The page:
Change in Focus at Loyola University Museum of Art
Over the past 14 years, Loyola University Museum of Art (LUMA) has become a valuable resource for our faculty, staff, and students and an important venue for student art expression, internships, and intellectual inquiry. The museum has served as an integral part of Loyola University Chicago, contributing much to the University’s academic landscape and affirming our Jesuit, Catholic traditions through art and culture.
As its spring exhibitions come to a close in June, LUMA’s scope of operations will be adjusted from its current operating model. It will remain—as it has since its inception—within the administrative services structure of the University and will not migrate into any particular school. It will no longer be open to the public for daily admission, but will function as both a special event and exhibition space for internal and external groups. It will also continue to serve classes that arrange museum visits throughout the year, supporting academic enterprise across the University through its collections, exhibitions, and educational programs.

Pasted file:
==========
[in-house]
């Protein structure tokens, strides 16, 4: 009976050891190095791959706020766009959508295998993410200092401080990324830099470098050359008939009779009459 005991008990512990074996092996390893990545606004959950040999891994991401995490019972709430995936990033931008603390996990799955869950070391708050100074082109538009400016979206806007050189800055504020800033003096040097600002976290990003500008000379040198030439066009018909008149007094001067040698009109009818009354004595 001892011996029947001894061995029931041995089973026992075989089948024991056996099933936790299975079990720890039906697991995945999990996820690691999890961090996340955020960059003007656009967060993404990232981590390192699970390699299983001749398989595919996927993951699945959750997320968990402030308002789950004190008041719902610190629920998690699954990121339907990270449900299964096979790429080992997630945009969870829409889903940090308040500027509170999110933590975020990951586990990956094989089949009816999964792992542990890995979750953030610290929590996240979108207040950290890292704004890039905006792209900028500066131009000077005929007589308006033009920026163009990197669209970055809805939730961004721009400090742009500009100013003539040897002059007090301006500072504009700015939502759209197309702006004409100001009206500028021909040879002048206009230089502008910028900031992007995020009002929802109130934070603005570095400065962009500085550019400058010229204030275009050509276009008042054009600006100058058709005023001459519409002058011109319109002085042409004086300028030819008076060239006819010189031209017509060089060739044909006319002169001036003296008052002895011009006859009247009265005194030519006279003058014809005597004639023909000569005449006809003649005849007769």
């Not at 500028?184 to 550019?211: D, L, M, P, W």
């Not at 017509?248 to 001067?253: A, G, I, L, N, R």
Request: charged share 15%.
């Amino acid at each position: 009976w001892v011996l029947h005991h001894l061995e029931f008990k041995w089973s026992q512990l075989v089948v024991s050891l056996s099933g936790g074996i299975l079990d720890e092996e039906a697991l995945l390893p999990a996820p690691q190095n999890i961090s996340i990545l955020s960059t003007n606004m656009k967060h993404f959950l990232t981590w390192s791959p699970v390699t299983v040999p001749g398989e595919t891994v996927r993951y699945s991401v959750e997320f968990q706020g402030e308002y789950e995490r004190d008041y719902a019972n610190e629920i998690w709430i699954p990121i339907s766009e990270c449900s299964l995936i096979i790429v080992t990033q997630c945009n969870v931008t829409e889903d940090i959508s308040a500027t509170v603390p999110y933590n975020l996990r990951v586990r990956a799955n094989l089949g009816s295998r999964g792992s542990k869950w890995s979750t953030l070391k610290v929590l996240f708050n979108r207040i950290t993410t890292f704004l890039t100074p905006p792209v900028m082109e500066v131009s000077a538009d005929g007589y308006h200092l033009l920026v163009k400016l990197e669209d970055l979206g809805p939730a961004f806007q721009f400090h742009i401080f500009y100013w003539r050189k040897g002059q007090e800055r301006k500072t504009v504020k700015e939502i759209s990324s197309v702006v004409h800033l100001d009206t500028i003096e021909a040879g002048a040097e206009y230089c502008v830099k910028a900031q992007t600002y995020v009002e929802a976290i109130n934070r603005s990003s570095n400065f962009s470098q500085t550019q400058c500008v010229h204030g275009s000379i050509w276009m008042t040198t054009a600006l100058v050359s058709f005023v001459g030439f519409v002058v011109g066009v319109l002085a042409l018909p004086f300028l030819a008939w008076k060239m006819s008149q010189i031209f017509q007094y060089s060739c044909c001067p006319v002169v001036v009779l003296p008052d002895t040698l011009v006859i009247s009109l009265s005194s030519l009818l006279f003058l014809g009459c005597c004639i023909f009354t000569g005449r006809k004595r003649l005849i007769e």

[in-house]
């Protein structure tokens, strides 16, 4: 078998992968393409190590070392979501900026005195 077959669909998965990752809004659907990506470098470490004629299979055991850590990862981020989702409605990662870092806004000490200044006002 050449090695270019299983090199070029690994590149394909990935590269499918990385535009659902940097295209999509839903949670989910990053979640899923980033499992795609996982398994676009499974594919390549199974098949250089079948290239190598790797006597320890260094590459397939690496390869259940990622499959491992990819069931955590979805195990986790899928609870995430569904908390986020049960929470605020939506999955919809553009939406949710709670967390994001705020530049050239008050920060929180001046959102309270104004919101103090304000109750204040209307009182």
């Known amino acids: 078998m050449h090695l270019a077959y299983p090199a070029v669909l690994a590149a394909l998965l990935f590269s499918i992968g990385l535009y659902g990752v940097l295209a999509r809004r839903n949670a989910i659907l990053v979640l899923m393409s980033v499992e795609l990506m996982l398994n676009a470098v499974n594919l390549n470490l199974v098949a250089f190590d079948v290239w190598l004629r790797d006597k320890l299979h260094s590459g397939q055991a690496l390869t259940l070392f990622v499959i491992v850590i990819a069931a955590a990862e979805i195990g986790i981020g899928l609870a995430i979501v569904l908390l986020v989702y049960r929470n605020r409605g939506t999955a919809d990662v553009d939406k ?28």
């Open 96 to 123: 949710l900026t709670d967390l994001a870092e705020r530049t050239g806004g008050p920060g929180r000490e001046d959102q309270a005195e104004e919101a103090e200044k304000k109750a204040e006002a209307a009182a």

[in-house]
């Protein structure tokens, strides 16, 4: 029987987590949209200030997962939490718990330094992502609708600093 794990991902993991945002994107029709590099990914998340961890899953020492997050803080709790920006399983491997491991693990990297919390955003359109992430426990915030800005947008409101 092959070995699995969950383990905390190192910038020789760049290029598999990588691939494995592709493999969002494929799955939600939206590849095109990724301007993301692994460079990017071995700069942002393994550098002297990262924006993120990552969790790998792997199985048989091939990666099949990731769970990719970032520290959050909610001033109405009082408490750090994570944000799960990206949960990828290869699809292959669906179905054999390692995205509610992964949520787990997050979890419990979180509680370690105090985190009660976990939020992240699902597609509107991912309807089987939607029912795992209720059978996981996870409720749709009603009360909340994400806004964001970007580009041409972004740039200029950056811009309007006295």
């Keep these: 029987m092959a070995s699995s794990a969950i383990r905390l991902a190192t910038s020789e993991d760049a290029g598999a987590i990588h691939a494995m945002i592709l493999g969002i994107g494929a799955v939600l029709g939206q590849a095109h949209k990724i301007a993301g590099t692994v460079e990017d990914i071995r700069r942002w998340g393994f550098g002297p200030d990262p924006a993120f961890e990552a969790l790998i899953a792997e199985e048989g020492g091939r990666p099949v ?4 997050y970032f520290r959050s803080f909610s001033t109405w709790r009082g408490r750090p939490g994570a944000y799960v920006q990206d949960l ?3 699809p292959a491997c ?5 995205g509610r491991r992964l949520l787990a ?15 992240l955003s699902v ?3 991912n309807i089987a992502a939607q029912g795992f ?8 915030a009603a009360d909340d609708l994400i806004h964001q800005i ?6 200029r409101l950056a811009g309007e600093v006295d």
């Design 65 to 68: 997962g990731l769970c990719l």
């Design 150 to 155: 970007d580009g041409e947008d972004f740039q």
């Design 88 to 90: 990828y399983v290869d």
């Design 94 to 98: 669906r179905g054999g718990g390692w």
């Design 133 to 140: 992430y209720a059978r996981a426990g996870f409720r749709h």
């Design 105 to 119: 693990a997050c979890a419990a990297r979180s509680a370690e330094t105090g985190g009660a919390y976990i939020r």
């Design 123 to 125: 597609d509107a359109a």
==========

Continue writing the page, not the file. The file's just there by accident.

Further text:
The University will maintain its care for and display of the D’Arcy Collection of medieval, Renaissance, and Baroque art. The museum will continue to show its beloved annual Crèche exhibition and solicit both internal student and/or faculty exhibitions as well as periodic external exhibitions. Additionally, the museum will have the ability to showcase numerous other University-owned holdings, including many pieces from the Cuneo Mansion.
Loyola has begun a search for LUMA’s new curatorial leader, who will be responsible for not only caring for and leading exhibitions of the museum’s internal collections but also engaging the University with both internal—especially student-led—and external exhibitions and shaping student internship opportunities.
In addition, the University has voluntarily withdrawn LUMA’s accreditation with the American Alliance of Museums, as the alliance’s rigorous requirements were a primary driver of the continued and increasing operating deficits. It will also integrate other staff members from across the University into the operations of the museum. This will allow the University to prioritize resources in support of the museum’s academic focus and use the museum space for special events while maintaining the visibility of its collections and exhibitions.